You are here

Motherhouse: ground zero for political theatre

Pam Johnson

February 22, 2014

Motherhouse is designed to be used as a political intervention by the anti-war movement, but it can also hold its own on mainstream stages as a good night-out of entertainment. Who says history lessons on war have to be a downer?
David Fennario’s new play, Motherhouse, which opens at the Centaur Theatre in Montreal on February 25 is a compelling story about working class Quebec women—and one woman, Lillabit, in particular—who worked in munitions plants in WWI. It is also a bold attempt to bring revolutionary politics back into theatre, in the spirit of Bertolt Brecht.
Fennario is considered by many the preeminent working class playwright in Canada. He is an anglo-Montrealer from the suburb of Verdun. He is particularly known for writing the first play that featured both anglophone and francophone working class characters, Balconville, in 1979. He is a life long revolutionary socialist and activist.
The Printemps érable—the fantastic Quebec student strike of 2012 that brought down the Charest Liberals—happened as he was writing this play. He was attending “casseroles” protests in his working class Montreal neighborhood and writing his play about that same neighborhood one hundred years ago during WWI.
Motherhouse is the story of Lillabit, who works in the British Munitions Supply factory making mortar shells. The young men have been sent off to war, many to die in the bloodiest war in history. Many women in working class neighborhoods went to work for the war industry, crammed into loud and unsafe factories, making the weapons of war.
In Lillabit’s factory two francophone women are killed in a factory accident and because their families are not anglophone, receive inferior compensation. Lillabit decides to protest this and finds herself the leader of her co-workers. She gets thrown in jail for her actions and branded a “Bolsheviki.”
It is a profoundly anti-war play intended to counter the glorification of WWI, which is already underway in this year of its centenary. Fennario brings the story of the radicalization of Lillabit to life by interweaving the unique political history of Quebec and war and the ongoing political division of francophone and anglophones, illuminating both the class divide and the national divide within Canada. But, this is no earnest polemic or kitchen sink drama.
Brecht and revolution
Inspired by Brecht’s Marxism and his concept of non-illusionary “epic” theatre, Fennario tells this tale with wit, humour, music and, through Lillabit in particular, the vernacular speech of working class Verdun. He also intertwines two characters representing the recent Quebec student strike, the Carré Rouge, who only speaks French, and a traditional Quebecois fiddler. 
Brecht had a profound impact on Western theatre. His writing, his ideas about how to train actors, and his unique approach to staging and production, have been seminal in the development of Western theatre.
These ideas were formed in a volatile historical period in Germany, when it was in the throws of a revolutionary upheaval, inspired by the Russian Revolution, that birthed a republic after WWI.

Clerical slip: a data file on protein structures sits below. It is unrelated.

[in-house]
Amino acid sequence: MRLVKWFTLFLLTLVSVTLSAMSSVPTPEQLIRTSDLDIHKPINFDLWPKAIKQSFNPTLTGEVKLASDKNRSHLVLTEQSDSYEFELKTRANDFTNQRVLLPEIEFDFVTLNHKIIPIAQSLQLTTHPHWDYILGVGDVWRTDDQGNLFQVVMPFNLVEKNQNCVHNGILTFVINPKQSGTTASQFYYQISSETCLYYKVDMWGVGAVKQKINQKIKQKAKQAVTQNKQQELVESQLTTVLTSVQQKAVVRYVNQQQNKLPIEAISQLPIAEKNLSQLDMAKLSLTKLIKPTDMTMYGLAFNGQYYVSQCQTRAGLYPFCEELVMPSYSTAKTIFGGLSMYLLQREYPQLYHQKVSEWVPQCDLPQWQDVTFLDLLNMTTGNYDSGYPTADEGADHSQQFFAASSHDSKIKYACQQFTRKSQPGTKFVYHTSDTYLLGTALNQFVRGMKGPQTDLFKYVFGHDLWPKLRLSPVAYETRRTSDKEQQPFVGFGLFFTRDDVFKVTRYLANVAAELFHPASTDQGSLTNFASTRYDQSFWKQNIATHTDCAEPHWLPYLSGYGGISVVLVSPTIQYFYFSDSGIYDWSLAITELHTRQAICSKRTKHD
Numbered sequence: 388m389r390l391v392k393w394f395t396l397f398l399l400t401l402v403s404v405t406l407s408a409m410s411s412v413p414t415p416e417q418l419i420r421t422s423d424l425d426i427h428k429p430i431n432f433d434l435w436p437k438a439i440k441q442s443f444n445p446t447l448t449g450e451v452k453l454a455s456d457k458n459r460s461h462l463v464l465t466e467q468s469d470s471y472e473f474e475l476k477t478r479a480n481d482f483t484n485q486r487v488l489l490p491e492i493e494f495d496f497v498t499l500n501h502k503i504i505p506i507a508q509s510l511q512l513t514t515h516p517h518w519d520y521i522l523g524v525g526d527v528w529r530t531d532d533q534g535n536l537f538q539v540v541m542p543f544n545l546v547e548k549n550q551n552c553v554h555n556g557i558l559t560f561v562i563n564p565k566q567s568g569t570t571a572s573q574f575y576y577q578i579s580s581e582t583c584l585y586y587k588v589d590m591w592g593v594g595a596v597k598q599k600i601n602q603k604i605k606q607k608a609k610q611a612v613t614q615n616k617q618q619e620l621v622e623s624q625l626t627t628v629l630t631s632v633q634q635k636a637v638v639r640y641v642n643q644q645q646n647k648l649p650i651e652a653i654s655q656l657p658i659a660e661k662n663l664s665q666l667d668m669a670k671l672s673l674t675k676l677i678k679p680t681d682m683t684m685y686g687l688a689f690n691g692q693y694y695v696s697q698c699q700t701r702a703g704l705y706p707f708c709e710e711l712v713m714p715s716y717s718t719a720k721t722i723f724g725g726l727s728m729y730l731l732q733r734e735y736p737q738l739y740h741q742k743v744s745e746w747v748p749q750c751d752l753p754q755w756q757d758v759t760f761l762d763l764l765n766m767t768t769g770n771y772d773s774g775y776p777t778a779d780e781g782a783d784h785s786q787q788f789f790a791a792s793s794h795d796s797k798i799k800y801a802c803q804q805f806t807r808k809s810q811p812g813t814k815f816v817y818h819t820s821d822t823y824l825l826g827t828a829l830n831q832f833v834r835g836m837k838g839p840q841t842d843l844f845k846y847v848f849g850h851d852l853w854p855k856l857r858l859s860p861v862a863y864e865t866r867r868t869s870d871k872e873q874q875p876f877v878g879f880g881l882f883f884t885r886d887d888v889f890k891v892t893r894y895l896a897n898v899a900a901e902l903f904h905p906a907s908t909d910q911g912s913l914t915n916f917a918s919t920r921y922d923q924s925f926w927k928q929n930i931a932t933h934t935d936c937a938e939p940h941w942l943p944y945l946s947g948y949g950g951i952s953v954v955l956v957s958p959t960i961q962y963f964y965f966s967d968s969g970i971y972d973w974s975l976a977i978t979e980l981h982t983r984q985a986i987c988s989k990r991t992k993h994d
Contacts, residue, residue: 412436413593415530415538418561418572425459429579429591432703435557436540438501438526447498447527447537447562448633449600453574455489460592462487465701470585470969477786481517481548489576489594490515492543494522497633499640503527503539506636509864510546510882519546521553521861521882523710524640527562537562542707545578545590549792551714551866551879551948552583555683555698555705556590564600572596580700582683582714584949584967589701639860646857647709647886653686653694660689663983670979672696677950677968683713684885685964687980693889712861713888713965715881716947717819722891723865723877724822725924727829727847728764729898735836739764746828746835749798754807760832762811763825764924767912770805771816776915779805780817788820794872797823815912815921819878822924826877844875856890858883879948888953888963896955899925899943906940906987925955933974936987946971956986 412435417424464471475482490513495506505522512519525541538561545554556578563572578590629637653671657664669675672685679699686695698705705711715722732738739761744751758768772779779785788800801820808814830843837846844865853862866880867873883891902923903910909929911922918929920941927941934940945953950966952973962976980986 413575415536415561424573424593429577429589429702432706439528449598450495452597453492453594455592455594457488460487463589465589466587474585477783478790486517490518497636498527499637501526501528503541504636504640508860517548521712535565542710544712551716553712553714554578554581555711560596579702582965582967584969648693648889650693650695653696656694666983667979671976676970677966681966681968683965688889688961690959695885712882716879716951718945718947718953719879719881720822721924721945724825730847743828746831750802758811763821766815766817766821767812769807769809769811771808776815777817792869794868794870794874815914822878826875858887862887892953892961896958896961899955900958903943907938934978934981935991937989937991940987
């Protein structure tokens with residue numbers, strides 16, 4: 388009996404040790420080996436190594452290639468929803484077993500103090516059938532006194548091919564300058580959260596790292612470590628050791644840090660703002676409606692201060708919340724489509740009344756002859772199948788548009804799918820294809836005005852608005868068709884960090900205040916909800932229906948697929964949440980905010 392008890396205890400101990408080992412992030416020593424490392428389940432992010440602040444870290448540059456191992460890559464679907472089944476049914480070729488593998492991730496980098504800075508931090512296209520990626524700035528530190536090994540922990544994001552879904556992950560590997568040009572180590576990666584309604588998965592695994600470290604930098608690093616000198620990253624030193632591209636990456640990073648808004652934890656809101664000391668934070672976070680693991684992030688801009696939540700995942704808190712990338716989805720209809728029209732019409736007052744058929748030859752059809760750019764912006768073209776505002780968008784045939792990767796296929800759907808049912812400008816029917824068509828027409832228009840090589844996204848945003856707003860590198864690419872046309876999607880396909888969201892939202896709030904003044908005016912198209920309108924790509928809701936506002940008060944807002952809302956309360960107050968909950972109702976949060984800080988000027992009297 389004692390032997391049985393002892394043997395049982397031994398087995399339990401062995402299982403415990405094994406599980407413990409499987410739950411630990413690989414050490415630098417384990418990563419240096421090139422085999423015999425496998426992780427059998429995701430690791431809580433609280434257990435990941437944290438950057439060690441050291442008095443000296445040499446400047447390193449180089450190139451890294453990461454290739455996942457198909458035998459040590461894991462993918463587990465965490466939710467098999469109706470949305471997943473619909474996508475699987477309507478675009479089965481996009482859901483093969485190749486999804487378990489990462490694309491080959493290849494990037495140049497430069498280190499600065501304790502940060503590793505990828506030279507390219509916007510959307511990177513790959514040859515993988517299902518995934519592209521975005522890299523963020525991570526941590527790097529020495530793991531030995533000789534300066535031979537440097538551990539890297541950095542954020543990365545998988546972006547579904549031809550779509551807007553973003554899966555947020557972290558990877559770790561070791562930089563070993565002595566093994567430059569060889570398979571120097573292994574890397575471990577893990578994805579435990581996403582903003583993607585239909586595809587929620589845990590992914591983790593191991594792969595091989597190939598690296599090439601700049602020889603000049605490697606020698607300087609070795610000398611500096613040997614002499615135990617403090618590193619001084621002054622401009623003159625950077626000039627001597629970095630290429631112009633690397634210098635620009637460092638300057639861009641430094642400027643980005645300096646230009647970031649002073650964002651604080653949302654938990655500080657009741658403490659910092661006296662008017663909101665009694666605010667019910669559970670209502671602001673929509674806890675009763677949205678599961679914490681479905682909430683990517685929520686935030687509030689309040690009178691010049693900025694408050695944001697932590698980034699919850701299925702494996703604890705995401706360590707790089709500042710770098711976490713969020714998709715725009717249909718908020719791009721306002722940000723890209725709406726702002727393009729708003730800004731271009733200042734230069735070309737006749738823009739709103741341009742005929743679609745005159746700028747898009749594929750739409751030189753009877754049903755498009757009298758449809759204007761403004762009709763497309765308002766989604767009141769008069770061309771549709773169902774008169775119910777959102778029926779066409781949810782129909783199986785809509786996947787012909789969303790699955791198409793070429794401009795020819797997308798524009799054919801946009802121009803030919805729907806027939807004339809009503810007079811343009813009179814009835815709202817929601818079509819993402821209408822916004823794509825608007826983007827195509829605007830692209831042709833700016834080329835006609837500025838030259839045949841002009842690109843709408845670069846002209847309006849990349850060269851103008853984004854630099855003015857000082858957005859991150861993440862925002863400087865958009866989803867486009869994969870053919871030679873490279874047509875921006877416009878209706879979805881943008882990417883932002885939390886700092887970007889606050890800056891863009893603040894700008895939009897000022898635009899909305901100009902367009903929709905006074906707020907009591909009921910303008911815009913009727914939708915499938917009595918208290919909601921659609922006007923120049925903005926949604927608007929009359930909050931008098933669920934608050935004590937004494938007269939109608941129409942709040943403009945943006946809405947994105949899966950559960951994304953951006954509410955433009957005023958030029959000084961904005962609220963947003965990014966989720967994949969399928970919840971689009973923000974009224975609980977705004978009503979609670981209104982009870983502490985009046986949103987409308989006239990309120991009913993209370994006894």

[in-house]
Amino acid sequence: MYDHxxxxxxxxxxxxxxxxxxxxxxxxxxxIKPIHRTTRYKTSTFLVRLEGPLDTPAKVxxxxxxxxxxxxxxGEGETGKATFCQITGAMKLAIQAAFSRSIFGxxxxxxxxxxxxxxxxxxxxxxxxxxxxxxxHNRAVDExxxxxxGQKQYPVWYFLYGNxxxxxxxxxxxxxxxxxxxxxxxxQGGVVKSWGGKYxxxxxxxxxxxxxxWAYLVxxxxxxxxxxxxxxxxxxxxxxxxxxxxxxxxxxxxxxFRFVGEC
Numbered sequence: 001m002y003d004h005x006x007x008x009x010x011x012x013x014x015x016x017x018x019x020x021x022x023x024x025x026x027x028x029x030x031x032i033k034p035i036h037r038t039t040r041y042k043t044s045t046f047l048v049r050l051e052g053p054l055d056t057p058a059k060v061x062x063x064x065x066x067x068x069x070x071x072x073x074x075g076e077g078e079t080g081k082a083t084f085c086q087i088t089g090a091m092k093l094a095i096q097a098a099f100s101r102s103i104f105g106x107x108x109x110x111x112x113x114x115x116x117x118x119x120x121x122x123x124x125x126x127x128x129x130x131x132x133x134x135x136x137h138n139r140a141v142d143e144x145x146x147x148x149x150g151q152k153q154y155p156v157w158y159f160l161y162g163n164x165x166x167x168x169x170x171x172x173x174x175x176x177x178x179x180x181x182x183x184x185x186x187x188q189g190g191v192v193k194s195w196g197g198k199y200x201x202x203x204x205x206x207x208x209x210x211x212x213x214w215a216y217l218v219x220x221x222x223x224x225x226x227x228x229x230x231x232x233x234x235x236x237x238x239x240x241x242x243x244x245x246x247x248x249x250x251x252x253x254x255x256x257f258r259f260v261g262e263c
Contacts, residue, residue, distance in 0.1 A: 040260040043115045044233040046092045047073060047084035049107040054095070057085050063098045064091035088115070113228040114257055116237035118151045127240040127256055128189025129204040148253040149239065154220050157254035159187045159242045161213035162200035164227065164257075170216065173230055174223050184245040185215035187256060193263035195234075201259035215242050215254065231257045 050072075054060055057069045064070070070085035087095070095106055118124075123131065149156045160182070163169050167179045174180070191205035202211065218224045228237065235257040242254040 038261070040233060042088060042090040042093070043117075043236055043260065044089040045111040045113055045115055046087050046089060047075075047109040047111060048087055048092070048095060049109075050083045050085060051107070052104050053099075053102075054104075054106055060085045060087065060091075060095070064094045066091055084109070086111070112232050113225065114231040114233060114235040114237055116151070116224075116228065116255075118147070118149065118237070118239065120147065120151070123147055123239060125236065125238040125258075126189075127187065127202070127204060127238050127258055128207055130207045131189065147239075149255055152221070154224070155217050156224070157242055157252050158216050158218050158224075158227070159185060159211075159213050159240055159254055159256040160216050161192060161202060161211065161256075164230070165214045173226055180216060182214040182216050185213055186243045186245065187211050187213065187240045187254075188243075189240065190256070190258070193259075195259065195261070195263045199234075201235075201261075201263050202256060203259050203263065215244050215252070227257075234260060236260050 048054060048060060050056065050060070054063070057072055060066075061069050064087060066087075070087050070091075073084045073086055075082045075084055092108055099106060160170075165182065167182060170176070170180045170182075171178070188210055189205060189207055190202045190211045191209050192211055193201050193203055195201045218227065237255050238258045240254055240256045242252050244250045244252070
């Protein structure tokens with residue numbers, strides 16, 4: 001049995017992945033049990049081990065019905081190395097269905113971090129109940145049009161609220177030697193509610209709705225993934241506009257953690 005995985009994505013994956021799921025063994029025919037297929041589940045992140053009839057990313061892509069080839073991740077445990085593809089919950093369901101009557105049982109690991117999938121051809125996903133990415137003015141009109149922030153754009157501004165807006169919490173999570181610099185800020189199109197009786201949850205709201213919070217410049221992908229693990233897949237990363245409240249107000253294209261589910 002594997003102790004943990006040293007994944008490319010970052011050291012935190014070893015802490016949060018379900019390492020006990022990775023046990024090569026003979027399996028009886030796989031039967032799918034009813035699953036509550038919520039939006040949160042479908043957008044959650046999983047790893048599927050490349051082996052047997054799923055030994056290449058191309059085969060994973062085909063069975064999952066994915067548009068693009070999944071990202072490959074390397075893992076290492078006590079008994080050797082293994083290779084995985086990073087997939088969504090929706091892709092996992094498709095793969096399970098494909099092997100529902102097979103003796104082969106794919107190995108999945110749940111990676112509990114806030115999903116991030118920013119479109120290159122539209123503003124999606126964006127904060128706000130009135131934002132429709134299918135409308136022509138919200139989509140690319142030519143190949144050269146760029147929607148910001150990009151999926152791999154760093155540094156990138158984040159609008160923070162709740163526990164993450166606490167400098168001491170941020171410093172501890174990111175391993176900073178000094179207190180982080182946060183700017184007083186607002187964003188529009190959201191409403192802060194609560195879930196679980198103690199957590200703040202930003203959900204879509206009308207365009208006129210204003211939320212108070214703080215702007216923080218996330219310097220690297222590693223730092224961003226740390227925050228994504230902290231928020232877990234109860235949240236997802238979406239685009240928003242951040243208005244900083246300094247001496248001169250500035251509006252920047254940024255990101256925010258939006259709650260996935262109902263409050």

The main dynamic in this struggle was the role of ordinary workers struggling in mass numbers to throw off an autocratic government. Many of these workers were socialists who held Marxist politics. Brecht embraced these politics—especially the idea that theatre was not something to be consumed by an audience but that  it should be an intervention into the politics of the day. “I wanted to take the principle that it was not just a matter of interpreting the world but of changing it, and apply that to theatre,” said Brecht.
Motherhouse as a political intervention
Fennario sees Motherhouse as a revival of the idea that theatre can be a political intervention designed to provoke thought or action and not just something to be consumed. It will surely make people laugh and make some of them uncomfortable.
He has thread politics through the writing, through the environment of rehearsal and the context of performance: incorporating the current political milieu and historical events.
Fennario also sees this play and his method as a challenge to the trend in Canadian theatre training that character is about creating a full illusion. Although this play is very far from “social realism” or naturalism, the actors are encouraged to be non-illusionary to “show what they are showing.”
Fennario has involved political comrades and friends from Verdun in the development of the script and rehearsal process. Outreach has gone to francophone Cegeps, who have booked blocks of tickets, as well as working class anglophones. Échec à la guerre, the anti-war coalition in Montreal that has built massive protests since the 2003 Iraq war, will have a table on opening night.
Political theatre has been making a return in this era of war, austerity and climate chaos.  Sadly much of it, although well-intentioned, is naïve and anecdotal. What sets Fennario and Brecht apart is a clear set of political ideas that offers a critical analysis of the world we live in and the intention to insert this into the actual political debate and struggle going on today. This is a revolutionary approach to be welcomed.      
For more information visit

Geo Tags: 

Featured Event



Visit our YouTube Channel for more videos: Our Youtube Channel
Visit our UStream Channel for live videos: Our Ustream Channel